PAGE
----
I have lived in London for the past 15 years, the longest I have ever lived anywhere and in that time I have lived, studied, worked and partied in most areas of the city, so when I take a walk amidst its grimy backstreets and grand boulevards it conjures a multitude of memories. Today, thanks to a confluence of circumstances including daddy taking a day off over half term to take the big boys to see the Lion King, my indomitable mother's help B taking charge of the babies and me being booked in for an appointment with my dentist whose surgery is just behind John Lewis on Oxford street I found myself trekking from theatreland in Covent Garden to the bustle Oxford Circus.
This was a real trip down memory lane as I used to work in the heart of Soho - not plying the traditional trade associated with that area, but writing interminably dull reviews of even more boring computer products - as you can imagine the the best bit of the job was the location. I could while away my lunch hour exploring the back streets around the office for everything from exotic sex toys (not that I ever did) to sifting through the sparkly gewgaws in the dusty little bead shop perched on the corner of a forgotten street just behind the altogether more regal Regent Street.
Inhaling the exhaust fumes, stalking the cracked pavements, watching the taxis, buses and white van drivers wrestle for precedence on the clogged streets, dodging pedestrians dressed to kill for a day behind a desk transported me instantly to my days as a young, free and single girl about town. I strolled past the famous Algerian Coffee Stores on Old Compton street, the toasted tang of roasting coffee twirling itself into my nostrils and the distinctive rich dark scent of the beans reminded me of the day I stood in that very shop just hours before a deadly bomb ripped apart the gay bar next door.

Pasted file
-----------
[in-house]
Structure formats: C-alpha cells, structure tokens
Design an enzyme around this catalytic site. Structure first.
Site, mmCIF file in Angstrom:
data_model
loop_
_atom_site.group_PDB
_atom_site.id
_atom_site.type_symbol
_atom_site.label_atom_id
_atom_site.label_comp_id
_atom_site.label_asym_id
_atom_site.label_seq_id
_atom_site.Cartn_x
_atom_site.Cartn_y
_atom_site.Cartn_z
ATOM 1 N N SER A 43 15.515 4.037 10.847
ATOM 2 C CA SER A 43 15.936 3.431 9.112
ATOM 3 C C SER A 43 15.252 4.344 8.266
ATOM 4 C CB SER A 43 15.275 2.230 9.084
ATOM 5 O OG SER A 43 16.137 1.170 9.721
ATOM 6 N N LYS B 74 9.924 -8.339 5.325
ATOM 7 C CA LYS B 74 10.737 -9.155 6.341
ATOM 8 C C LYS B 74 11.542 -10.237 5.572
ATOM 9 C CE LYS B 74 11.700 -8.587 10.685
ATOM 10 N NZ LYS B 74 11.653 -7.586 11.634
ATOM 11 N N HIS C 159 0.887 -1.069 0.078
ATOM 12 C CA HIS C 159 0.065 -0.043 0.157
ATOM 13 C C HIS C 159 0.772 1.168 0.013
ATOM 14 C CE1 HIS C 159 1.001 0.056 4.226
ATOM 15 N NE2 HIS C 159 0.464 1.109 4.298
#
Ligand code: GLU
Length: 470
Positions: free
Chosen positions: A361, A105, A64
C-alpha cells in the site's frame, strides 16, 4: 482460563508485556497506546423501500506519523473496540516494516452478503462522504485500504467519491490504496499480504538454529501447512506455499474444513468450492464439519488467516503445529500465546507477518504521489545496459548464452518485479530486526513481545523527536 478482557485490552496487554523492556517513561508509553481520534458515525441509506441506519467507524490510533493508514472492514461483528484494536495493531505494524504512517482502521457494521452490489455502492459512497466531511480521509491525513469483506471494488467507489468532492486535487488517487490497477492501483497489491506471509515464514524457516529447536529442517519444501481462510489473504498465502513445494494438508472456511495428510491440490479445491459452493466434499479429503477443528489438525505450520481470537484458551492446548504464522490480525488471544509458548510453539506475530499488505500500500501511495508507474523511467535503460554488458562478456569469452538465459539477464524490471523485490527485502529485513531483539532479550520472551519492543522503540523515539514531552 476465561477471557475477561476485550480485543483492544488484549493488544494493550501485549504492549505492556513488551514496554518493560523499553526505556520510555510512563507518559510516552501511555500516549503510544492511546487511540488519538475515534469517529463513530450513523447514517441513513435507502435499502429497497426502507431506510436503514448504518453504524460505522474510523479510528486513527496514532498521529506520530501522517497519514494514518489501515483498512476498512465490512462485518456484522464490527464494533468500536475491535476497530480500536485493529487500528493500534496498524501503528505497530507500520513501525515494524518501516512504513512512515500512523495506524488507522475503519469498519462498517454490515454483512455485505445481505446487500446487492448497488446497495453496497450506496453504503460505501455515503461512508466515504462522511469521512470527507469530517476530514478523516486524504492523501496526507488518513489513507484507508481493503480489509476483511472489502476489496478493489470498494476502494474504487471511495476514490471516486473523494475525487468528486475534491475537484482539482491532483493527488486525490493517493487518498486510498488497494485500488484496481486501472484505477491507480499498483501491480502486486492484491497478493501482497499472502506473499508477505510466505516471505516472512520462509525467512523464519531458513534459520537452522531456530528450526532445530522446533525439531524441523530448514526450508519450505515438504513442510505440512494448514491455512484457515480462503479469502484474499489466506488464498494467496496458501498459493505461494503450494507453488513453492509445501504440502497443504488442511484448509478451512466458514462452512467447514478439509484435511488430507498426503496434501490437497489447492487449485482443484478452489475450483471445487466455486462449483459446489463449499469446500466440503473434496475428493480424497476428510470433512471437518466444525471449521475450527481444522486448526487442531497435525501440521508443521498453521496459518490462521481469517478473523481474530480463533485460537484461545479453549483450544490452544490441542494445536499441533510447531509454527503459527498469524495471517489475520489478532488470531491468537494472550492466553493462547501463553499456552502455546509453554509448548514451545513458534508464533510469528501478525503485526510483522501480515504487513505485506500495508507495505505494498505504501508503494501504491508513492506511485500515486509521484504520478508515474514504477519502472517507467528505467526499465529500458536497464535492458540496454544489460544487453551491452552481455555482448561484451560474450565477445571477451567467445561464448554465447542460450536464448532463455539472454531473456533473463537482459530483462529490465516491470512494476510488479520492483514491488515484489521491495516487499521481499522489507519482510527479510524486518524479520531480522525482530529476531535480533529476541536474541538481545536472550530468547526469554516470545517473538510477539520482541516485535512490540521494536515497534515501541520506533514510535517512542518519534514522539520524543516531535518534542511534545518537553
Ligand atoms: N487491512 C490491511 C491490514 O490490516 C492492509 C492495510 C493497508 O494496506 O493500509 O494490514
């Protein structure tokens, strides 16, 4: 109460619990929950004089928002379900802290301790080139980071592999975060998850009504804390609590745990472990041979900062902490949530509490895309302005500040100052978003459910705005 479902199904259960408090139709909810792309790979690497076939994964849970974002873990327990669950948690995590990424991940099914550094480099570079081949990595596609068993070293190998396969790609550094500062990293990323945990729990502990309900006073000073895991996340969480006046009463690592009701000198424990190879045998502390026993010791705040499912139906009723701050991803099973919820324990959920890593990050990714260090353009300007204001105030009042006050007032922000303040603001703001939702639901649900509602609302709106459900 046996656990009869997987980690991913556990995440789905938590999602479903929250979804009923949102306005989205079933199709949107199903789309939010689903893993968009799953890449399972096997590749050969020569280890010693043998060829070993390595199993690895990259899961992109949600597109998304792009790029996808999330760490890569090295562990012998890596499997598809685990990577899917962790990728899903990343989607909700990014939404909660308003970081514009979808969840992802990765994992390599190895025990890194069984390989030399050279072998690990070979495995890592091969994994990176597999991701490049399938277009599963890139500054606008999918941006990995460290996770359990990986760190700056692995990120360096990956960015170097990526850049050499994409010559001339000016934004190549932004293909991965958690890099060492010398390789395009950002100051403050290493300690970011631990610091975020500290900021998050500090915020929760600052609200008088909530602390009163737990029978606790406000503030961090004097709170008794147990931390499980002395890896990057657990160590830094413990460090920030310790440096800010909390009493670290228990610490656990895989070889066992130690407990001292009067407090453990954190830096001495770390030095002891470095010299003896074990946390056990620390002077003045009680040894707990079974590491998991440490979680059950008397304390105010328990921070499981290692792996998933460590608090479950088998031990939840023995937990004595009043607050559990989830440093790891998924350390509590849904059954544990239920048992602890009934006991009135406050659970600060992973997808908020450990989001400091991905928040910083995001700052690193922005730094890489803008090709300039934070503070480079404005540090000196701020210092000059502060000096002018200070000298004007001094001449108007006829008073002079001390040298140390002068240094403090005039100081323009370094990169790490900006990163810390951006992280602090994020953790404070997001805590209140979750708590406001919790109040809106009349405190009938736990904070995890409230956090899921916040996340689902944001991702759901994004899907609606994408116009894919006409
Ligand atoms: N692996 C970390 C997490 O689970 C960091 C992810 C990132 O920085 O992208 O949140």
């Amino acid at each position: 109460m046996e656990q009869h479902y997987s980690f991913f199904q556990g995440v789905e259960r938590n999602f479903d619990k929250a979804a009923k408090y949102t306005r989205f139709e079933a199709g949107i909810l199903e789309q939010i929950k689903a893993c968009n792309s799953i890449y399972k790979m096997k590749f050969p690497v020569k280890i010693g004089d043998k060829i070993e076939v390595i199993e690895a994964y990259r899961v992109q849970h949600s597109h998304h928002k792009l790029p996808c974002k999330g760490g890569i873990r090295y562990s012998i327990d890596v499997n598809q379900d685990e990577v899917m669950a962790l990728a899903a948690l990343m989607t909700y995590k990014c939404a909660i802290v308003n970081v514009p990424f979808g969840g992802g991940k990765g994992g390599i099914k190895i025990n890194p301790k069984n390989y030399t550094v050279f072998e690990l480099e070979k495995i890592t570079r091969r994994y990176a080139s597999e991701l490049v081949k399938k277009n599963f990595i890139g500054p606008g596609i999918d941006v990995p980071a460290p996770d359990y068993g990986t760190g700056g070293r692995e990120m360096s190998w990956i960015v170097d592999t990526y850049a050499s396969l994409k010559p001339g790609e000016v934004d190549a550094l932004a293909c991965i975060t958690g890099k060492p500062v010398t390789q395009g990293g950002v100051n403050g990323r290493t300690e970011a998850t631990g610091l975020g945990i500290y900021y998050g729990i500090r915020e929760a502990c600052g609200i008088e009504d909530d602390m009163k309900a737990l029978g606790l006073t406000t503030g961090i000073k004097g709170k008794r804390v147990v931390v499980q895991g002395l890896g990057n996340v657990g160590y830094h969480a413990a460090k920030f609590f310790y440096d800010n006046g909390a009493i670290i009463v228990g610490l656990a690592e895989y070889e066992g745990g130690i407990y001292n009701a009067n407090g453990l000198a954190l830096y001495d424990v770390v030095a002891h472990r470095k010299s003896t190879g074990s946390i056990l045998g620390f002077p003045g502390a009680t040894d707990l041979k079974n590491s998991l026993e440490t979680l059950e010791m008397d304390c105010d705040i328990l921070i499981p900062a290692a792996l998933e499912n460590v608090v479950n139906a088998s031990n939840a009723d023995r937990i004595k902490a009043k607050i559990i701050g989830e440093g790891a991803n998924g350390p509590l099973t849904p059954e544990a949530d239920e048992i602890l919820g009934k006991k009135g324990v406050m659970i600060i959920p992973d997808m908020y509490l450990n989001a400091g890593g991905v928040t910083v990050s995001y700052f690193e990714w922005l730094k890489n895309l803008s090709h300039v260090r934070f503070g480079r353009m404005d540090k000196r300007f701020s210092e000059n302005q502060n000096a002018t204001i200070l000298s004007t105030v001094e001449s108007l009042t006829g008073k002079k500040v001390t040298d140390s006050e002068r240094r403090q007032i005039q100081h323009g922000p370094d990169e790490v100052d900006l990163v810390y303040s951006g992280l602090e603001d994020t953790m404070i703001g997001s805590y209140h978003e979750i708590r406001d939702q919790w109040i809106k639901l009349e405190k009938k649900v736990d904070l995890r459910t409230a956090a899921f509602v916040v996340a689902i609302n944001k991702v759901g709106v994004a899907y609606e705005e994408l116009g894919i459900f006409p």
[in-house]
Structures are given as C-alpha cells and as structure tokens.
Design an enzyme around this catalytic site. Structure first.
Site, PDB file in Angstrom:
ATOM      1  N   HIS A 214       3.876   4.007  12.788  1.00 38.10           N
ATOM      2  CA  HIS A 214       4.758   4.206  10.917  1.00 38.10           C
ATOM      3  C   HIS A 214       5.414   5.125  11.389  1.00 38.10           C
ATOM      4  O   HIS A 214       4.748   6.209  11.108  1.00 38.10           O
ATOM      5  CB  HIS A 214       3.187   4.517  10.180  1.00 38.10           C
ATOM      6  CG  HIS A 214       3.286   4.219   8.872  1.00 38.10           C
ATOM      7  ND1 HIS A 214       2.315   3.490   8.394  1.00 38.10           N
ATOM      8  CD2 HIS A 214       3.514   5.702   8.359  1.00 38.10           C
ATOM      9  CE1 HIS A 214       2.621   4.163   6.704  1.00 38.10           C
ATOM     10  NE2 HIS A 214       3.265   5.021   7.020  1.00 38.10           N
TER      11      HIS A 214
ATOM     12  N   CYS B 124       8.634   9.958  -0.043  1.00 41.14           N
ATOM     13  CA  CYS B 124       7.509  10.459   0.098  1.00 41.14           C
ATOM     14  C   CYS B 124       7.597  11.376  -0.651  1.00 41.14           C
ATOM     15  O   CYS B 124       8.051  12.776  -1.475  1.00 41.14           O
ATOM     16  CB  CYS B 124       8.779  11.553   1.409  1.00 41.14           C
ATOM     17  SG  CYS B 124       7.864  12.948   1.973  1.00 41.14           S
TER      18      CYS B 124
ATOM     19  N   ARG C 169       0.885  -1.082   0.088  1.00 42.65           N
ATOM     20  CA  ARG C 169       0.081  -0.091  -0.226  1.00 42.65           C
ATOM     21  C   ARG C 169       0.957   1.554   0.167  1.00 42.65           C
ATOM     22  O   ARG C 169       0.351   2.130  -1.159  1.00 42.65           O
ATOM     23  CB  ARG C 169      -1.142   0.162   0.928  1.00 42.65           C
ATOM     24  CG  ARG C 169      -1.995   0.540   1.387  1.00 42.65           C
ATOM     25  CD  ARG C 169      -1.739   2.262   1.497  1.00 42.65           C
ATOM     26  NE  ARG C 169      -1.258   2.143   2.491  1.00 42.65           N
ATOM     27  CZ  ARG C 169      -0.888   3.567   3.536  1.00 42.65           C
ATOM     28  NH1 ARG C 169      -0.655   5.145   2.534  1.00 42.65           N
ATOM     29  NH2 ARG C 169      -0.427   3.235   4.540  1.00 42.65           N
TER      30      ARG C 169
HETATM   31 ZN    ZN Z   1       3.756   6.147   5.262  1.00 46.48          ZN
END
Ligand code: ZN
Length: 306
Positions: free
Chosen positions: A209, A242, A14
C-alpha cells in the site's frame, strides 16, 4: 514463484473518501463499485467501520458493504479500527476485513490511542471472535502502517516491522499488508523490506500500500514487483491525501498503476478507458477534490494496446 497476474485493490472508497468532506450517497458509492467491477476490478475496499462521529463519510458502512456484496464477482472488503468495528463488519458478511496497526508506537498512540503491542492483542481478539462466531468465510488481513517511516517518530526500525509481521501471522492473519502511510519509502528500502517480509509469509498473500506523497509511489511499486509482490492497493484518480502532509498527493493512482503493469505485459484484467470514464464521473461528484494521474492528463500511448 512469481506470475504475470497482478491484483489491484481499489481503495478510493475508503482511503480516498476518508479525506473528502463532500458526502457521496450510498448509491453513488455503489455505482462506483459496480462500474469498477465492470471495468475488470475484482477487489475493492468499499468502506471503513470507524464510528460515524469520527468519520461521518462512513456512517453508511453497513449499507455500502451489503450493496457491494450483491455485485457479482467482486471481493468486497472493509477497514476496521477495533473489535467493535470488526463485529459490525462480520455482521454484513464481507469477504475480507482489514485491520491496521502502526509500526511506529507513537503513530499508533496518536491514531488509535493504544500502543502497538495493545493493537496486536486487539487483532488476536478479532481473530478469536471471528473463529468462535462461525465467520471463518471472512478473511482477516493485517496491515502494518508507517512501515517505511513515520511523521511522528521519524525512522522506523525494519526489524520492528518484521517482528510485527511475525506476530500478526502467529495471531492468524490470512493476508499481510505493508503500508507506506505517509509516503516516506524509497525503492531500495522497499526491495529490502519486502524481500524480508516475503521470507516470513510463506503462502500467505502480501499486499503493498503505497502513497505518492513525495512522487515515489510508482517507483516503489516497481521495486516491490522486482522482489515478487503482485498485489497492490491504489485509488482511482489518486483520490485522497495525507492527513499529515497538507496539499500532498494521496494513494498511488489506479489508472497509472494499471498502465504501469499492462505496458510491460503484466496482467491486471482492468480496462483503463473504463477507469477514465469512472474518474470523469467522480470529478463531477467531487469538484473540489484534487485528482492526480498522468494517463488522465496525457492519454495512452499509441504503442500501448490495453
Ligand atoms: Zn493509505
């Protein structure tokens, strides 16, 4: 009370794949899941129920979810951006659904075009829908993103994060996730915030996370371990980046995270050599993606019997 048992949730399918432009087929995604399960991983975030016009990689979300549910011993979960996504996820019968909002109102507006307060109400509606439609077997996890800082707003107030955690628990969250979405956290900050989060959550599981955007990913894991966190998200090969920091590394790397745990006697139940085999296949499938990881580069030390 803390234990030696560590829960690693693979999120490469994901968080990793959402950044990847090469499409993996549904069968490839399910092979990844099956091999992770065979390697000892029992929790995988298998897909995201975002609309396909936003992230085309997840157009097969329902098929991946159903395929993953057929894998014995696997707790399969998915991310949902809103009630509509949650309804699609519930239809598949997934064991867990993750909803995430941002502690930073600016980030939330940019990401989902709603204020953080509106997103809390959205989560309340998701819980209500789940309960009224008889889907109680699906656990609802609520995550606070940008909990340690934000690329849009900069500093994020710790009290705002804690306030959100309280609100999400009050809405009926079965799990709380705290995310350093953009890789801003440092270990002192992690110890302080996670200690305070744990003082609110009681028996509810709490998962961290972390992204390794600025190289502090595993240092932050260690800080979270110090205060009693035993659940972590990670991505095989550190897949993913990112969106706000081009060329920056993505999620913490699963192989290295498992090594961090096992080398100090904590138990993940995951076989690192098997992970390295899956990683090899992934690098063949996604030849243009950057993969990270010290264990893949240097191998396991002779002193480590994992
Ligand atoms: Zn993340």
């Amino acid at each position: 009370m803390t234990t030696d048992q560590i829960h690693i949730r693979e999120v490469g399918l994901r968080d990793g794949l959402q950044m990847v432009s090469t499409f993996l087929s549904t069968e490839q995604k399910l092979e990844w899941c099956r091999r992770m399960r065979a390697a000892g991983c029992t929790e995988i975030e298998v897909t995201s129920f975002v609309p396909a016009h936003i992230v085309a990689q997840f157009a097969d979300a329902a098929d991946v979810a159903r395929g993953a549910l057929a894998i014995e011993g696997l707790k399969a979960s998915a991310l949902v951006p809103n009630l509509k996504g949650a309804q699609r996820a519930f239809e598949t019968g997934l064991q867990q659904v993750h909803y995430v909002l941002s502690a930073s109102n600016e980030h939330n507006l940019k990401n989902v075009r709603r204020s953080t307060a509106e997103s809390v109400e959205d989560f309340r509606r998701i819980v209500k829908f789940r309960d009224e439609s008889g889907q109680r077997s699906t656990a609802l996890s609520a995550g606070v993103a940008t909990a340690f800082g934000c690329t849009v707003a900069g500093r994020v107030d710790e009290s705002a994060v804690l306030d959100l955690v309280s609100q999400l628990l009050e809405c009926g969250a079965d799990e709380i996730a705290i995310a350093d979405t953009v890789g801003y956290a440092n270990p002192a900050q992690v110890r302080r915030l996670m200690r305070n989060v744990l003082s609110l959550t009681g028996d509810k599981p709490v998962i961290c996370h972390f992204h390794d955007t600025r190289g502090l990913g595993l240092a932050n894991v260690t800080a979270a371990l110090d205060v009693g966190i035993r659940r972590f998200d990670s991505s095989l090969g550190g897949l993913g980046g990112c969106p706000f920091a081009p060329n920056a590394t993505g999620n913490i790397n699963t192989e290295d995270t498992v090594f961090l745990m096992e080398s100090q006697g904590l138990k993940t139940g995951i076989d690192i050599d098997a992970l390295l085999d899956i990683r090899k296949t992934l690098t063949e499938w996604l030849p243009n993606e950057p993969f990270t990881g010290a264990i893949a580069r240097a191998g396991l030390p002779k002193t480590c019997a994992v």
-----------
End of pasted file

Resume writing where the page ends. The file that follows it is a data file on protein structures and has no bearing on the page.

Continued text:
That was a surreal night with all the streets of Soho cordoned off by banners of rippling yellow police tape. My friends and I sat in the pub, shocked that such violence had been wrought so close to home, and yet somehow enlivened by the drama of it all as panicked calls and texts poured into our mobiles from worried relatives and friends. In London you always feel at the heart of the action, and that's an addictive sensation.
The Christmas lights are strung up above Regent Street, webs of light bulbs forlorn and shorn of any finery by the daylight and without a purpose until some Z-list celebrity is plucked from obscurity to switch them on so they can glint and twinkle bringing festive magic to glint and glimmer as they're reflected by the tempting store windows so desperate to part us from our cash in exchange for that perfect present. The shops here are just so much more majestic than the average high street, there is no tacky Tesco or ill stocked Boots with shambolic shelves of shampoo and shaving foam to break the run of gleaming plate glass-fronted emporia, no matter that most of them are hawking made up tartans and gaudy crystal to the passing tourist trade, there is still a feeling of majesty to the shops on this elegant avenue.